George Orwell said in his 1949 novel 1984 :

 

“If you want a vision of the future, imagine a boot stamping on a human face – forever.”

 

I fear that for many people that vision of the future is already here.

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23 thoughts on “Economically Maladjusted.

  1. I recently came accross your blog and have been reading along. I thought I would leave my first comment. I dont know what to say except that I have enjoyed reading. Nice blog.

    Tim Ramsey

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  2. You have hit another ‘nail on the head’ Selma. Debt can be so all-consuming and can destroy a person: financially, physically, mentally and emotionally. People can say all they want about money not being important but the reality is, money does make this world go round. Money means choice. Lack of money can be so damaging. Not that I worship the stuff, I just have learned a healthy respect for having enough on hand. Sometimes it’s been plentiful, sometimes in short supply. I’d always prefer the plentiful and I make no apologies for that.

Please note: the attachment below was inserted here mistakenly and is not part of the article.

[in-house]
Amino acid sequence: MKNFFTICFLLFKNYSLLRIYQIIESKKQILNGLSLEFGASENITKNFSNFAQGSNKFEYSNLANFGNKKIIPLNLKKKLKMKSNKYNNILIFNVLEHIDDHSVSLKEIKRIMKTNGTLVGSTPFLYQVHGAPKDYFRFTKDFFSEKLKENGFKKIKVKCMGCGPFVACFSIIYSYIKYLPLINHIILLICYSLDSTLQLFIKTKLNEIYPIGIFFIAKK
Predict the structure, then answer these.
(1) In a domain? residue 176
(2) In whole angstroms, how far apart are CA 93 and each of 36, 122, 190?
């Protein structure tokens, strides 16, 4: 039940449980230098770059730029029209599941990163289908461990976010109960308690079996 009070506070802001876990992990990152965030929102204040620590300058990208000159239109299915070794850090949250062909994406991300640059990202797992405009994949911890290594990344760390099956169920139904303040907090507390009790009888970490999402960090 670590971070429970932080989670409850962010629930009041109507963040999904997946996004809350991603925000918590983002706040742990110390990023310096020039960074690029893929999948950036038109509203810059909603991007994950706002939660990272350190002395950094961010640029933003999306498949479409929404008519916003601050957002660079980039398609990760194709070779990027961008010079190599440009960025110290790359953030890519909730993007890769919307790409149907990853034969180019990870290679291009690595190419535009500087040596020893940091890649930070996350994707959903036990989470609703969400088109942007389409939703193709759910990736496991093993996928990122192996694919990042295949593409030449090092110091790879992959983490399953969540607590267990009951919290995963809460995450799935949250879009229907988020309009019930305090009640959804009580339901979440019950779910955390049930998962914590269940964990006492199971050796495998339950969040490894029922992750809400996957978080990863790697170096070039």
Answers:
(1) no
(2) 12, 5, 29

Your posts are always so worthwhile. Glad I found my way to your blog and you to mine. 🙂

    http://www.mypoeticpath.wordpress.com

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  3. I’m just glad that I will be debt-free in about 3 to 4 months after crawling for 5 years trying to pay off $30k worth of debt that my ex has accumulated way before we even got married. Yep, I have no problem taking on that responsibility. At least, it makes me feel like I’ve been somewhat useful. Besides, like they say, it’s only money, after all. And money, sometimes, have a way of degrading your life if you allow it to be your master. But you can also find it dropping on your lap unexpectedly when you treat it otherwise. It’s that kind of miracle I’ve experienced over and over.